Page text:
Carter: More than most, I understand the lives of working families in the 50th district. Like many of the folks here, I’ve spent the majority of my career in positions where I had to turn wrenches and get dirty to get the job done, and I currently work in cyber security – an area where my professional expertise can help me shape a growing area of Virginia’s economy that will likely continue to rise in importance over the next several decades. More than that, I’ve shared in the struggles that people face. I’ve been hit by both layoffs and workplace injuries that made it impossible to make ends meet, so I know precisely how stressful it can be and what Virginia needs to do better to protect working families when they’re most vulnerable.
PL: Do you feel that the average citizen is well-informed and understands the workings of local government? If not, how do you intend on improving communication with your constituency?
Carter: The workings of local and state government are complicated and often hidden from public view, so it can be difficult for people to keep track of what’s happening. Once they get to know a candidate or elected official, though, people are able to get a good sense of whether or not they care about the people they serve. That’s why one of my aims is to be easy to reach. I am always ready to discuss my policy positions, or to help people navigate the complicated systems of local and state government in order to find a resolution to whatever problem they face.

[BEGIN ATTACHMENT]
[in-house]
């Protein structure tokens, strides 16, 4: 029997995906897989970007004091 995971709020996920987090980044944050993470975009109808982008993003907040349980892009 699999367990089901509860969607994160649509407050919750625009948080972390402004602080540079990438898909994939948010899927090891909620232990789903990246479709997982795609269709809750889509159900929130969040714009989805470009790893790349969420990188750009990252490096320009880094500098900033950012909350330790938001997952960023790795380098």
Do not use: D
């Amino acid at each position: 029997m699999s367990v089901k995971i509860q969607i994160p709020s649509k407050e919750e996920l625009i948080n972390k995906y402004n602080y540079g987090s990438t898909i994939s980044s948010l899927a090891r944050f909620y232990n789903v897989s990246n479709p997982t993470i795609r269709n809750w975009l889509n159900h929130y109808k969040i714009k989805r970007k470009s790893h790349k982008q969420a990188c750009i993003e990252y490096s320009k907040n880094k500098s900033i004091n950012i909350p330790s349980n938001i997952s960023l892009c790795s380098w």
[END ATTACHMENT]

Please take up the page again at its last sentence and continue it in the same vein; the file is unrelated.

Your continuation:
PL: Have you ever made any mistakes in your public life? How have they effected you?
Carter: As I mentioned, I’ve been impacted both by layoffs and by workplace injuries in my career. This led me to a foreclosure and to the edge of bankruptcy at one point. Thankfully, with a little help from my loved ones, I was able to pick myself up and get my feet back underneath me. This has fundamentally shaped my view of what Virginia should do to protect working Virginians – it must be there to help people get back on their feet, rather than let them spiral into poverty and homelessness after disaster strikes.
PL: Our readers want leaders in local government. Why should they vote for you?
Carter: I have vowed to run this campaign without taking money from for-profit interests. When it comes down to making hard decisions, this lets people feel confident that I am making those decisions with the best interests of the residents – and ONLY the best interests of the residents – in mind.
Lee Jin Carter
I’m running for: House of Delegates, 50th District
- IT Consultant
- I completed technical training at the Marine Corps Communications-Electronics School in Twentynine Palms, CA, and leadership training at the Marine Corps Staff Noncommissioned Officers Academy at Camp Geiger, NC. I am currently continuing my education by pursuing a degree in Cybersecurity at Northern Virginia Community College.
- I’m a long time member of Bull Run Unitarian Universalist congregation in Manassas, and am the former vice chair of the Prince William County Young Democrats. I have also been heavily involved in issues of economic justice in Northern Virginia, including the fight to help the residents of East End Mobile Home Park stay in their homes.